Wells Fargo CEO resigns amidst scandal

Written by Crystian Mendoza, Sports Editor

Former Wells Fargo CEO John Strumpf officially resigned Oct. 13 after it was revealed earlier last month that the bank opened more than a million fake bank accounts, forcing him to forfeit $41 million in stock awards.

Nonetheless, Senator Elizabeth Warren does not believe his resignation is enough and feels that Strumpf should actually be facing criminal charges.

“If Mr. Strumpf is leaving with all of his ill- gotten millions, that’s still not real accountability,” said Warren, regarding the issue in a statement she wrote on Twitter Wednesday night shortly after Strumpf announced his resignation.

Warren went on to say, “A bank teller would face criminal charges and a prison sentence for stealing a handful of 20’s from the cash drawer. A bank CEO should not be able to oversee a massive fraud and simply walk away to enjoy his millions in retirement.”

The US Senator from Massachusetts has already confronted Strumpf in September, referring to him as a “gutless leader” as well as called for his resignation during a senate hearing.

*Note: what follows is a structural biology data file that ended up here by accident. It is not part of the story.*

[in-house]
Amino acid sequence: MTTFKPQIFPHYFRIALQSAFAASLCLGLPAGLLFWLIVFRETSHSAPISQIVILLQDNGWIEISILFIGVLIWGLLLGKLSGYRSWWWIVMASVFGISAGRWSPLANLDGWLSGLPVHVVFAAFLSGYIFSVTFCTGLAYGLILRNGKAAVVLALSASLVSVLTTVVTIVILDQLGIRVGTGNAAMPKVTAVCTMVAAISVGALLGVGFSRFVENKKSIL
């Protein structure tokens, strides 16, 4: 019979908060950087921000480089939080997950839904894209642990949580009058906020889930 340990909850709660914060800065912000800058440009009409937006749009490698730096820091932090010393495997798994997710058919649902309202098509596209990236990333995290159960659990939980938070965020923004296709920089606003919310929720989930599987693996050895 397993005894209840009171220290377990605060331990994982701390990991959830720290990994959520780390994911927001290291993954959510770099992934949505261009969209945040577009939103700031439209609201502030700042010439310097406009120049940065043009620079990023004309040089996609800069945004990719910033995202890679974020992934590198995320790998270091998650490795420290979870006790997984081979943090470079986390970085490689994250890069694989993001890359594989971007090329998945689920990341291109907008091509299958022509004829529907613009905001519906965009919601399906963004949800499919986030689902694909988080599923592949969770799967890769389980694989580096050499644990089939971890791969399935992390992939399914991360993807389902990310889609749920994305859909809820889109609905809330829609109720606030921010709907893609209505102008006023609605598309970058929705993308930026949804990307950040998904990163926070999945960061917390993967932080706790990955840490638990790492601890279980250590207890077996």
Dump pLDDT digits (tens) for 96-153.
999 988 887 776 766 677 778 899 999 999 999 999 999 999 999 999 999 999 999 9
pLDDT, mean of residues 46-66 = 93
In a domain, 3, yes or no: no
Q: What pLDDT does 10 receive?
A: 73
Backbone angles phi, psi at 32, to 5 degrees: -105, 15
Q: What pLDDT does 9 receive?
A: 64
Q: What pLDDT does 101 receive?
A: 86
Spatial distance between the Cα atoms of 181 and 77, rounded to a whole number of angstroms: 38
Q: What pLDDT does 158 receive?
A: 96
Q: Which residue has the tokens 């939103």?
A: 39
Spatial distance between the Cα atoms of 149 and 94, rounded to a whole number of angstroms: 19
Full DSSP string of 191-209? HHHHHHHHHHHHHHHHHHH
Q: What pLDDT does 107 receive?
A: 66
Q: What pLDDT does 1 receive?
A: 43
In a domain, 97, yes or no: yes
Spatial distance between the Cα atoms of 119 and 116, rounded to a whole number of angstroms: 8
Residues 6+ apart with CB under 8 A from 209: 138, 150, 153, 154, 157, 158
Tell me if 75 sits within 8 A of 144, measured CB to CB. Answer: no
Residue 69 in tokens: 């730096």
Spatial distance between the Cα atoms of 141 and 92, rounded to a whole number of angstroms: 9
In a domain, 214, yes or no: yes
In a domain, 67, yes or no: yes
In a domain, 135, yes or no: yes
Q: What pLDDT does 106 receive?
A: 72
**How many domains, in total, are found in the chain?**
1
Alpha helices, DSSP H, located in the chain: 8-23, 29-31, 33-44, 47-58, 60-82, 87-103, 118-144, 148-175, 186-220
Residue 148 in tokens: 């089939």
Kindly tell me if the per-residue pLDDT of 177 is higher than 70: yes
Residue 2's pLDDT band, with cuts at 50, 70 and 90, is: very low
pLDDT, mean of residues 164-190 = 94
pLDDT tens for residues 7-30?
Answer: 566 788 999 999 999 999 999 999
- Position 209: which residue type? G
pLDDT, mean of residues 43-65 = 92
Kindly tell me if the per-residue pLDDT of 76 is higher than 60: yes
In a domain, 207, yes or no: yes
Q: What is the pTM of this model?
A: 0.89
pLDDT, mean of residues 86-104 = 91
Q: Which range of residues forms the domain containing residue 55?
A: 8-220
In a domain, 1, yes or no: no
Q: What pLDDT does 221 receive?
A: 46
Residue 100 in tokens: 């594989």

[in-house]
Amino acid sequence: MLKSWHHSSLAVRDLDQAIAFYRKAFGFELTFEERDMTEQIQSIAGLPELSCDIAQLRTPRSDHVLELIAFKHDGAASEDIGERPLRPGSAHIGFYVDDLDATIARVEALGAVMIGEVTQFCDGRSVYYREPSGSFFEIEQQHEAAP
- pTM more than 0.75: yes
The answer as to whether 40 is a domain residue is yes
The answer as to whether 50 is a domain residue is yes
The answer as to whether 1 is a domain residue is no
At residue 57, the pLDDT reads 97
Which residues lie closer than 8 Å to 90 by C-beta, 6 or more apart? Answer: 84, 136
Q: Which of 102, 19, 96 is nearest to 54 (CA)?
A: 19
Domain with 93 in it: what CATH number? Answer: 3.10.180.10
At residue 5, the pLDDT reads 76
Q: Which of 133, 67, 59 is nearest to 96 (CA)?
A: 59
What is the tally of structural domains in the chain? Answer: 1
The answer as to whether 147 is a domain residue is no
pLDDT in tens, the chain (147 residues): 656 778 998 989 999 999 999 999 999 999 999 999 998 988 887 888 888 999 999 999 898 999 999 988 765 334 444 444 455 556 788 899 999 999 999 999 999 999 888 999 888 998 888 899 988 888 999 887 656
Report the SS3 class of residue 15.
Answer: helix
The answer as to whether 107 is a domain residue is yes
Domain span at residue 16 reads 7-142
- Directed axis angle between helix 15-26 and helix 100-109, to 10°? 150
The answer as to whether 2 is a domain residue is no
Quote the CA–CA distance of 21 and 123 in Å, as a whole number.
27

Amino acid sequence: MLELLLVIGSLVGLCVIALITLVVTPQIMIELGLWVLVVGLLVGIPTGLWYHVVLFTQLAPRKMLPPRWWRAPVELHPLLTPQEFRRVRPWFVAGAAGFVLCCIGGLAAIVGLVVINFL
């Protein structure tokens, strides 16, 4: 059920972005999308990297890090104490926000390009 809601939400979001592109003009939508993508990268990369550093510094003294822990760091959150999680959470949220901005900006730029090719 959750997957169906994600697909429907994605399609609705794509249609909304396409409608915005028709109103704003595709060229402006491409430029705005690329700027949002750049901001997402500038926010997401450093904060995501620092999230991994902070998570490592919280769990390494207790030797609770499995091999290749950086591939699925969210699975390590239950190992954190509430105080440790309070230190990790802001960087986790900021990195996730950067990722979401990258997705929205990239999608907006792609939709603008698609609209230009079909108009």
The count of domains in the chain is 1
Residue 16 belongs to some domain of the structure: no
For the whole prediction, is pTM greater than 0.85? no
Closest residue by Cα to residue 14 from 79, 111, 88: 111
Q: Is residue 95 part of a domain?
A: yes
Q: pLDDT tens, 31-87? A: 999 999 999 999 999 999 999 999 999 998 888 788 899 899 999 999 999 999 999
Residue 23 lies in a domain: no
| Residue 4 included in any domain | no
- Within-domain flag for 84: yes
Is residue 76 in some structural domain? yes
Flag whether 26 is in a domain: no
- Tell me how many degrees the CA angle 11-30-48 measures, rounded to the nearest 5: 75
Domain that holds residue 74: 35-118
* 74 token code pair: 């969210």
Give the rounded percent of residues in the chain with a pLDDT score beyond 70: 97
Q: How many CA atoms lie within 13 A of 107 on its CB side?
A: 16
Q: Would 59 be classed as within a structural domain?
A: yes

But now that Strumpf has resigned, Warren believes that he is not being held accountable for the fraud he committed.

Wells Fargo paid a $185 million fine to the Consumer Financial Protection Bureau while Strumpf still got to walk away from the whole situation with well over $100 million, despite the scandal.

Warren is not happy that Strumpf was quick to blame the 5,300 lower-level employees for this scandal after the employees involved were fired by Wells Fargo.

During last month’s senate hearing, Warren stated “You squeezed your employees to the breaking point so they would cheat customers and you could drive up the value of your stock and put hundreds of millions of dollars in your own pocket.”

Now that Strumpf has retired, the frustration from Warren has only grown stronger after only a month ago she told Strumpf he should be criminally investigated and she called him out for not firing a single senior executive.

Although the $41 million Strumpf forfeited is the largest compensation forfeiture from a major US bank since the 2008 financial crisis, it is still far from what Warren believes Strumpf should be forfeiting, such as his freedom.

According to public filings, Strumpf will resign with around $134.1 million, a sizeable amount of money all things considered.

Before the fake account scandal, Wells Fargo was the world’s most valuable bank, as reported by USA Today. Since the scandal, the bank has only dropped from its top ranking and now sits in the no. 2 position behind J.P. Morgan Chase.

Even through the midst of a national fraud scandal like this, the general value of the bank has not been affected as severely as one would’ve expected following a massive scam.

Strumpf, a 34-year veteran and CEO of Wells Fargo from 2007-2016, earned a whopping $19.3 million in pay last year.